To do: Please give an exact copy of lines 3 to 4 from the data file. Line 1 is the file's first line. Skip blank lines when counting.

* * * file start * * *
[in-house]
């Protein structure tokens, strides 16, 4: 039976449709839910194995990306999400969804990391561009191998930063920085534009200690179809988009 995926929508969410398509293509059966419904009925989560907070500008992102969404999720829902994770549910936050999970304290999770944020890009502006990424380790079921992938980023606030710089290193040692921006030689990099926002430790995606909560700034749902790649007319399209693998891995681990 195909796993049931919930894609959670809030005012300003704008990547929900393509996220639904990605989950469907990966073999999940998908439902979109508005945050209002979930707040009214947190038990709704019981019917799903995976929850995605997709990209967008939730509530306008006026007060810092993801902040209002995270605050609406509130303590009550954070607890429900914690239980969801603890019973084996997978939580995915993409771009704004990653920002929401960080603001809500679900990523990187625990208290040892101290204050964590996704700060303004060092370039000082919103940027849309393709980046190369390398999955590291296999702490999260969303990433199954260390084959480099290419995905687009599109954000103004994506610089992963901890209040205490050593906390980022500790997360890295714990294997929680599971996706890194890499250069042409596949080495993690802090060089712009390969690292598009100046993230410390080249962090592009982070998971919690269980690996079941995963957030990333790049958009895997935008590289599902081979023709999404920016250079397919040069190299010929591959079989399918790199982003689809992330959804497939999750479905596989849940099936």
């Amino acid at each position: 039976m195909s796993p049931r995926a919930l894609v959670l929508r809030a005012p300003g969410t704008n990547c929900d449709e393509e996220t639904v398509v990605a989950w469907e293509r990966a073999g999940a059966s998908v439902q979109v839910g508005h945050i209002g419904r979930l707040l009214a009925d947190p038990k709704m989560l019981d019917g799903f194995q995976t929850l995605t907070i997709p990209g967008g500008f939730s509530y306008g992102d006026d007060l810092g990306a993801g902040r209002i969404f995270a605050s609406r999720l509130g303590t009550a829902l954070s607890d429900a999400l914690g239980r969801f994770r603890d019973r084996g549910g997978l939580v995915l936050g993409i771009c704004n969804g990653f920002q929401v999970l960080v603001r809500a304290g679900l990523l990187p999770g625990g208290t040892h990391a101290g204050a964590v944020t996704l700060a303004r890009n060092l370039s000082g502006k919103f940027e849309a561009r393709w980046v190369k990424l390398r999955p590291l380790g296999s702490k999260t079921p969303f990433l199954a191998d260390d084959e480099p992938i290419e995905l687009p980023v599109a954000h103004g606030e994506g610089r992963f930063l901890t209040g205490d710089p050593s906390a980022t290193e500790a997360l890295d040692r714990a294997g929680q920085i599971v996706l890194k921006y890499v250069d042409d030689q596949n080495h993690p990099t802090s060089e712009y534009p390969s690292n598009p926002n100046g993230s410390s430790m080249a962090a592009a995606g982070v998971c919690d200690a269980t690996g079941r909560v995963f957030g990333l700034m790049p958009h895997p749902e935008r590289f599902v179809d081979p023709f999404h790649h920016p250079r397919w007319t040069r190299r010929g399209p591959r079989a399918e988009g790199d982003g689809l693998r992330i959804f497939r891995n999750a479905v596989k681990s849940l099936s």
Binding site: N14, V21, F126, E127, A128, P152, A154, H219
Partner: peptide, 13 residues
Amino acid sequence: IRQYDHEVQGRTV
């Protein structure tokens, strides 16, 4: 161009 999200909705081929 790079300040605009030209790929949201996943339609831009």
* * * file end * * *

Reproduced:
């Amino acid at each position: 039976m195909s796993p049931r995926a919930l894609v959670l929508r809030a005012p300003g969410t704008n990547c929900d449709e393509e996220t639904v398509v990605a989950w469907e293509r990966a073999g999940a059966s998908v439902q979109v839910g508005h945050i209002g419904r979930l707040l009214a009925d947190p038990k709704m989560l019981d019917g799903f194995q995976t929850l995605t907070i997709p990209g967008g500008f939730s509530y306008g992102d006026d007060l810092g990306a993801g902040r209002i969404f995270a605050s609406r999720l509130g303590t009550a829902l954070s607890d429900a999400l914690g239980r969801f994770r603890d019973r084996g549910g997978l939580v995915l936050g993409i771009c704004n969804g990653f920002q929401v999970l960080v603001r809500a304290g679900l990523l990187p999770g625990g208290t040892h990391a101290g204050a964590v944020t996704l700060a303004r890009n060092l370039s000082g502006k919103f940027e849309a561009r393709w980046v190369k990424l390398r999955p590291l380790g296999s702490k999260t079921p969303f990433l199954a191998d260390d084959e480099p992938i290419e995905l687009p980023v599109a954000h103004g606030e994506g610089r992963f930063l901890t209040g205490d710089p050593s906390a980022t290193e500790a997360l890295d040692r714990a294997g929680q920085i599971v996706l890194k921006y890499v250069d042409d030689q596949n080495h993690p990099t802090s060089e712009y534009p390969s690292n598009p926002n100046g993230s410390s430790m080249a962090a592009a995606g982070v998971c919690d200690a269980t690996g079941r909560v995963f957030g990333l700034m790049p958009h895997p749902e935008r590289f599902v179809d081979p023709f999404h790649h920016p250079r397919w007319t040069r190299r010929g399209p591959r079989a399918e988009g790199d982003g689809l693998r992330i959804f497939r891995n999750a479905v596989k681990s849940l099936s």
Binding site: N14, V21, F126, E127, A128, P152, A154, H219